(This is a reprint from NewsBred).
We could all look at clues emanating from a two-hour meeting between India’s foreign minister S. Jaishankar with Wang Yi, his Chinese counterpart, in Moscow on Thursday. Or trust the redoubtable Russian foreign minister Sergey Lavrov to have hefted his weight in making them shake hands. But frankly, it’s in China’s interests to keep India in good humour.
As the two troops square up within a punch’s distance in Ladakh, where even a guttural breath could spark off World War III, analysts have a meltdown that India could be facing a multi-pronged war on its borders, none more so than on its eastern, northern and western ones from two heavily nuclear-armed enemies—China and Pakistan. Most are failing to connect the dots that it’s China which presently is more encircled and it’s India which is the centrepiece in the coordinated move.
Agreed, India hosting the QUAD (Quadrilateral Security Dialogue) later this year doesn’t sound menacing at first glance. But the enormity of the moment won’t be lost on pros who know that India now has military logistical agreement with all three other members of the grouping: the United States, Australia and Japan. The one with the US (LEMOA) has been operational since 2016. The one with Australia was signed in June. Now, on Thursday, India and Japan, riding on the visible warmth between Indian prime minister Narendra Modi and his outgoing Japanese counterpart Shinzo Abe, have inked a similar military logistical deal. Who said nothing moved during the Corona?
Even as I write this, French defence minister Florence Parly would’ve left Indian shores after overseeing the official induction of 5 Rafale jets in the Indian Air Force in Ambala on Thursday. Don’t go by the innocent press releases marking the moment. In geopolitical and military sense, it carried a grave message for Beijing.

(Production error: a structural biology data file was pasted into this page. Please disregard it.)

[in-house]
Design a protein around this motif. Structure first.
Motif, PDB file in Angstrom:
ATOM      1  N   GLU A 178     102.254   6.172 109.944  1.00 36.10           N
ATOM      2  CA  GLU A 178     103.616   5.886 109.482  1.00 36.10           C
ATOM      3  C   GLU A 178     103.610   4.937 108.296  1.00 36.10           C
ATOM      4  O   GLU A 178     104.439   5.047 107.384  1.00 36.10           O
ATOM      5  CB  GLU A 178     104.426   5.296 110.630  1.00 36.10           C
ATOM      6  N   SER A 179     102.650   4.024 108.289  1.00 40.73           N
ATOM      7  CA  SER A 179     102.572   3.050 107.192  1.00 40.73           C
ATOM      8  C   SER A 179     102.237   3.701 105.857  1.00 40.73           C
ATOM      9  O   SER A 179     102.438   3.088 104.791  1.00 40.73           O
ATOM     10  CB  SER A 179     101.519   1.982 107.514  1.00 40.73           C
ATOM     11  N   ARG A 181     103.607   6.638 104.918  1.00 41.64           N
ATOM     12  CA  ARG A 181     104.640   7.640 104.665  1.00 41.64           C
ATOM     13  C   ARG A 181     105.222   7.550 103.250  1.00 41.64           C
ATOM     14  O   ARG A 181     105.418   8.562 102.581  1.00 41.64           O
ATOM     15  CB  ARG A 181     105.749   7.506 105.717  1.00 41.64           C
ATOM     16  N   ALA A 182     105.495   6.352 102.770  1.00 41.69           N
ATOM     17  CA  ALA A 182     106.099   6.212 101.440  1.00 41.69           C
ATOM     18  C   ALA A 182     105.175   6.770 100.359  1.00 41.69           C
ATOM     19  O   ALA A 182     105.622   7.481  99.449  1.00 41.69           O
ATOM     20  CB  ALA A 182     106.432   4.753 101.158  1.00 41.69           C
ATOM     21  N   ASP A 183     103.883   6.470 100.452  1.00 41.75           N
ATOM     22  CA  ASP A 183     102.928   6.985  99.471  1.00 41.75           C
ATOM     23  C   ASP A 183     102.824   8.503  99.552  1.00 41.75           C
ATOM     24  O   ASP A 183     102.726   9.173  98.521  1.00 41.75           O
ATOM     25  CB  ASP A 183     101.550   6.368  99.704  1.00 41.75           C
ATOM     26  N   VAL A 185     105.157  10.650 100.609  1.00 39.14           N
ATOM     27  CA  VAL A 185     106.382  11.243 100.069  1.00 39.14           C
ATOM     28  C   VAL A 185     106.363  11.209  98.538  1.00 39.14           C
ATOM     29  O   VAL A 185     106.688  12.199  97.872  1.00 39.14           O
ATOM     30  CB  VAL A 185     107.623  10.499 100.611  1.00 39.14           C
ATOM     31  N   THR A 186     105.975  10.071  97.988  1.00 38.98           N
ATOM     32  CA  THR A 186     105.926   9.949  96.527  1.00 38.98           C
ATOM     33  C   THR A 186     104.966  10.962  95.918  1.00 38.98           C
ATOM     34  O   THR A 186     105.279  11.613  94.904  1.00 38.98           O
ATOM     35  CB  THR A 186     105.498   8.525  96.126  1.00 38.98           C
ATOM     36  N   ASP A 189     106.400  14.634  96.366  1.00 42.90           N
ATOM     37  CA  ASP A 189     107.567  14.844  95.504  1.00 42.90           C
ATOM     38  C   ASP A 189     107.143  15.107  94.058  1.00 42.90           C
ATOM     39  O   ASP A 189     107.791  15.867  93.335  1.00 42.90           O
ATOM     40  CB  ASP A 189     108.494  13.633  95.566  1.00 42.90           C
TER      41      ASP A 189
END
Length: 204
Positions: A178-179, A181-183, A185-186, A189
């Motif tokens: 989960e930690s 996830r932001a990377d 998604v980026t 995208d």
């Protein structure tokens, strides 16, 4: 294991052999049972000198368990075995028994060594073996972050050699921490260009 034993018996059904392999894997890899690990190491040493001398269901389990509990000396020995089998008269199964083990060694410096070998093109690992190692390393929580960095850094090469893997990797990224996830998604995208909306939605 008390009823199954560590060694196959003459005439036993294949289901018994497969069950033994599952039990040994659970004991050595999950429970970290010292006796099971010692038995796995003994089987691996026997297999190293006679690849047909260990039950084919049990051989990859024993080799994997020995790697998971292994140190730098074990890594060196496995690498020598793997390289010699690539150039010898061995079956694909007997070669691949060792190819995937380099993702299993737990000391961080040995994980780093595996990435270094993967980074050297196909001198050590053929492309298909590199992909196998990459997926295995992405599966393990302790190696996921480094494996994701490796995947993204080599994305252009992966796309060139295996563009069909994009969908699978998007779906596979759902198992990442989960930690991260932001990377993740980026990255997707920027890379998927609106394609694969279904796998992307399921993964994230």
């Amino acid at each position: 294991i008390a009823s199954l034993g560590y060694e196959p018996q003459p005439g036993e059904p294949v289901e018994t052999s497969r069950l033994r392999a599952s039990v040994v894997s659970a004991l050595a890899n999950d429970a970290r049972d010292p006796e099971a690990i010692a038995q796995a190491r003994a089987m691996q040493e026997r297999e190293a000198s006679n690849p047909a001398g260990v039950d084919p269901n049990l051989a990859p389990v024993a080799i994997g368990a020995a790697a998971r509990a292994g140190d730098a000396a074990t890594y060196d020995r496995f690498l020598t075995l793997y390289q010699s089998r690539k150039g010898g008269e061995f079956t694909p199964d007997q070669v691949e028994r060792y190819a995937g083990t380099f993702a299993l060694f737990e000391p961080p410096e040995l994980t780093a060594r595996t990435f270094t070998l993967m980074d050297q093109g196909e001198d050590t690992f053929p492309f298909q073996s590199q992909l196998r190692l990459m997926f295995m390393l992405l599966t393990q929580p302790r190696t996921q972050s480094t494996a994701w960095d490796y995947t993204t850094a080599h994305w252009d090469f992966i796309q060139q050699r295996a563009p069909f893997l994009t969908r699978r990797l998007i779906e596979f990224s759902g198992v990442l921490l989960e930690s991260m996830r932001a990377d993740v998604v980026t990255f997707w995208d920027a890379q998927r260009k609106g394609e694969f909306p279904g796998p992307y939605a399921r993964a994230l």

Quietly in the background, India and France have grown akin to blood brothers. It hasn’t happened overnight. As soon as the Cold War ended last century, India and France had signed a “strategic partnership.” Everyone talks of 36 Rafale jets but it isn’t much in public domain that Indian navy has already commissioned 2 of 6 Scorpene submarines being build in our own Malegaon dockyards. The third one is undergoing sea trials. India had signed a military logistics pact with France in 2018 itself. France was one of the few countries which had backed India’s decision to nuclear-test in 1998.
And this is all because like other members of QUAD, France too needs India badly for its considerable stakes in the Indian Ocean. The two countries could sign a secure communications agreement too which would allow the two navies to share maritime domain awareness. Even before Parly arrived in India, the two countries, along with Australia, had held their a trilateral foreign-secretary level dialogue on Wednesday. Surely, India-France are welcoming the likeminded in fold.
The domino effect of this all must not be lost on observers. LEMOA with the US has extended Indian navy’s reach in southwestern Indian Ocean due to French bases in Reunion island near Madagascar and Djibouti on the Horn of Africa. The logistical arrangement with Australia has bolstered Indian warships in southern Indian Ocean and the western Pacific.